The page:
If you’re a regular reader of Blue Jersey and a Garden State taxpayer, you know that there are many ways you are already paying for Chris Christie’s presidential campaign. You support his army of videographers and social media specialists who… Read more
BY DECIMINYAN Environmental activists and kayaking enthusiasts rallied in Bordentown today on the banks of the Delaware River to bring attention to a dirty fuel plant just upriver in Mercer County. Doug O’Malley of Environment New Jersey refers to the… Read more
At the end of her testimony on a bill she is sponsoring, Senator Diane Allen noted that neither side on this contentious issue likes the bill, so it must be a good one.
Senator Allen, one of a rare breed of sensible Republicans, introduced a bill, S2534, that would set standards for the levels of toxins allowed in dumped wastewater from hydraulic fracturing (fracking).
In his quest for the GOP (Gruesome Oil Panderer) presidential nomination, Governor Christie twice vetoed bills that would have completely banned toxic fracking waste in New Jersey.
Senator Allen, along with environmentalists, and fracking lobbyists, discussed her bill at a meeting of the Senate Environment and Energy Committee today. The chairman, Senator Bob Smith, announced that no vote would be taken today, as there’s still much work to do in crafting the language of the bill.
Naturally, this bill is opposed by environmentalists – and with good reason. Since Governor Christie has eviscerated the Department of Environmental Protection (DEP), even if this bill were to be enacted, what kind of weak regulations would the DEP consider or enforce?
The bill is also opposed by the dirty fuel industry. Their lobbyists testified that current regulations are generally sufficient to ensure safety to the state’s drinking water supply.
I spoke with Jim Walsh of Food and Water Watch before the hearing.
As Amy Hansen of the New Jersey Conservation Foundation put it, natural gas extracted from the fracking process is a “fuel of procrastination.” I agree. There’s no reason not to devote the bulk of our resources to renewable energy now, as the costs are dropping and the technology for these safe, non-polluting fuels is maturing.
This is the third in a series of articles or news gathering of science and technology policy issues facing New Jersey or the nation. Thanks to my science and environment intern Arcadia Lee for research and drafting this article. Cross-posted at DanBenson.com
Energy touches the lives of every New Jersey resident – every day. Our quality of life, our security, our prosperity, the land and water around us, and how we work and play all depend on energy. Energy master planning is an important aspect of proactive facilities management, providing an expertly defined and practical road-map to a sustainable future environment.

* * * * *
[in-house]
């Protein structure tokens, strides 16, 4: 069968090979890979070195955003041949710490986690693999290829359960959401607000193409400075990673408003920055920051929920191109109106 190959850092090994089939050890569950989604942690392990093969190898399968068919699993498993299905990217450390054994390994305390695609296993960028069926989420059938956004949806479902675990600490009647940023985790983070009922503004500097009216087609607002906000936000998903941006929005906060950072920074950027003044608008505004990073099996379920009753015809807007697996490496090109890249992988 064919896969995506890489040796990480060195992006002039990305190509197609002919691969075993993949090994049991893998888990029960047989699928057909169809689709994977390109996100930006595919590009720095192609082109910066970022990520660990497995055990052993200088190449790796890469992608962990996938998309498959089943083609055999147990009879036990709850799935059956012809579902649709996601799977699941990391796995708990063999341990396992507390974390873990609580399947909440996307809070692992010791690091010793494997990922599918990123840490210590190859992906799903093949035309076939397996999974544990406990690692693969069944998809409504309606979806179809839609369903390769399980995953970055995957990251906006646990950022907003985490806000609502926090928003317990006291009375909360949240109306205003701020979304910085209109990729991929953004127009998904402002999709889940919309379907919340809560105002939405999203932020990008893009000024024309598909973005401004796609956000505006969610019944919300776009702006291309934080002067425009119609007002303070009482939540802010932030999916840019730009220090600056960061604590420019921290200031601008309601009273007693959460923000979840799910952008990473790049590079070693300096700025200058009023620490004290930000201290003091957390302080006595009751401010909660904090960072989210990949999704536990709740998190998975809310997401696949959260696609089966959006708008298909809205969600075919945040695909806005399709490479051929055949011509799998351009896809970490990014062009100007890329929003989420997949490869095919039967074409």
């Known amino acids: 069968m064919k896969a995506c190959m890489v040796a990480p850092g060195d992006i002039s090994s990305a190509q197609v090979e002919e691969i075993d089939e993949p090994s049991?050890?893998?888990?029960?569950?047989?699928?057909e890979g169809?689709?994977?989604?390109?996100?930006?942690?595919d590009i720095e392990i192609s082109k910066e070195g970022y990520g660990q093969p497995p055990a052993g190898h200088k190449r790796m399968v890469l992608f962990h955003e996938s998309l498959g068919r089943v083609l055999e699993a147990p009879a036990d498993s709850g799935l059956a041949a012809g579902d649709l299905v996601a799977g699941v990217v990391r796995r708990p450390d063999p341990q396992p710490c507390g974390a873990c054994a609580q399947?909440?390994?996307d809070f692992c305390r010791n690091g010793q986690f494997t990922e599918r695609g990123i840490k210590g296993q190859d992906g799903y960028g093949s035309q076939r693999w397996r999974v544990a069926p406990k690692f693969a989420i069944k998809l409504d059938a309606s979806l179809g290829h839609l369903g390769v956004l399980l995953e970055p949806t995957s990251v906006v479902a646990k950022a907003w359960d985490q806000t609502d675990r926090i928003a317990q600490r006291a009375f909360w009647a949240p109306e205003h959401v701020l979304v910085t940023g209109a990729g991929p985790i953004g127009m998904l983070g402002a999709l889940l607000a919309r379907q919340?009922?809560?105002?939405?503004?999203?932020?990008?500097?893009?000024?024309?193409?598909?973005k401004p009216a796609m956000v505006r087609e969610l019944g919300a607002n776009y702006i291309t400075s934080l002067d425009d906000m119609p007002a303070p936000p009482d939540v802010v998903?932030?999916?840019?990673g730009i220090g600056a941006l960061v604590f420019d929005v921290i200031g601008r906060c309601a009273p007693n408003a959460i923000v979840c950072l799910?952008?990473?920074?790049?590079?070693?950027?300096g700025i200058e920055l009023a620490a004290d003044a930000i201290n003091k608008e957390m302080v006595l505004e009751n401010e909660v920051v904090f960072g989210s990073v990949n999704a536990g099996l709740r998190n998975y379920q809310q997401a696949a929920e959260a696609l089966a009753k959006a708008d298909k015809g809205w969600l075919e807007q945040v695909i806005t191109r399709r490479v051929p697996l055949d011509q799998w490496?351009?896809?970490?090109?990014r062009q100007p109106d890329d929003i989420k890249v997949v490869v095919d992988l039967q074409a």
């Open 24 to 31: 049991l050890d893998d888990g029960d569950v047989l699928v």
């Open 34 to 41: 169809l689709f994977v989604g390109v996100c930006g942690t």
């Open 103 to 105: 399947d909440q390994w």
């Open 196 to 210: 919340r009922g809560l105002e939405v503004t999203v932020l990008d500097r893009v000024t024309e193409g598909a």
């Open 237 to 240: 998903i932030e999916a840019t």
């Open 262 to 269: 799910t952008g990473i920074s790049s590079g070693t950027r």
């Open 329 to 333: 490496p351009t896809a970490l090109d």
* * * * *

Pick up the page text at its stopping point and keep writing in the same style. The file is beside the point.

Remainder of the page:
Adding to the Energy Master Plan’s importance is its relationship to the federal Clean Power Plan announced this week by President Obama. The EPA is giving each state an individual goal for cutting power plant emissions. States can then decide for themselves how to get there.
Every action that Chris Christie takes is filtered through the lens of his political ambition. Whether it’s his stance on hot-button issues like gun safety and marriage equality, or his top-caliber cadre of social media propagandists, the governor has one goal in mind – 1600 Pennsylvania Avenue.
Some of his recent actions may indicate that he’s given up pandering to the extreme wing of his party and is hoping that the dying breed of moderate Republicans may come out victorious among the dozen or so contenders for the nomination.
A few days ago, Christie surprised us (and probably his dirty energy backers) by announcing that he thought global climate change might be man-made. And on Friday, his Department of Environmental Protection stepped in to a controversy about destroying hundreds of acres of forestland in the Six Flags Amusement Park to install solar panels. The DEP made an offer to purchase the land from Six Flags in order to save the trees.
Of course, these two actions in isolation don’t make Christie a moderate. He’s still in favor of draconian cuts in Social Security and has shown no empathy for state workers whose deferred compensation is being stolen to balance the budget.
After the New Jersey Department of Environmental Protection proposed an eight-billion dollar lawsuit based on Exxon’s despoiling of numerous sites in New Jersey, the Christie administration is pushing through a $225 million settlement – less than three cents on the dollar – ending any future remediation or consideration for Exxon’s pollution.
Today, Assemblyman John McKeon, chair of the Assembly Judiciary Committee, held a hearing to gather facts to try to determine if this settlement is in the best interests of the public.
While such a low cash settlement without much public discussion may seem odd, it makes sense if you look at it through the lens of Governor Christie’s political aspirations. Settling for the low number now, and channeling most of that money into the general fund, provides Christie with another one-shot gimmick to enable him to boast of a balanced budget, even though that goal is constitutionally required. Waiting for prolonged litigation to force Exxon to pay its fair share would not help Christie, who will be long out of office by the time the lawsuits are settled.
Chris Christie has been a disaster for New Jersey’s environment. From his pull out from the Regional Greenhouse Gas Initiative to his stacking the Pinelands and Highlands Commissions with his proles, Christie has been a friend of polluters, not people. Here he is in Iowa, bragging about his dismal record.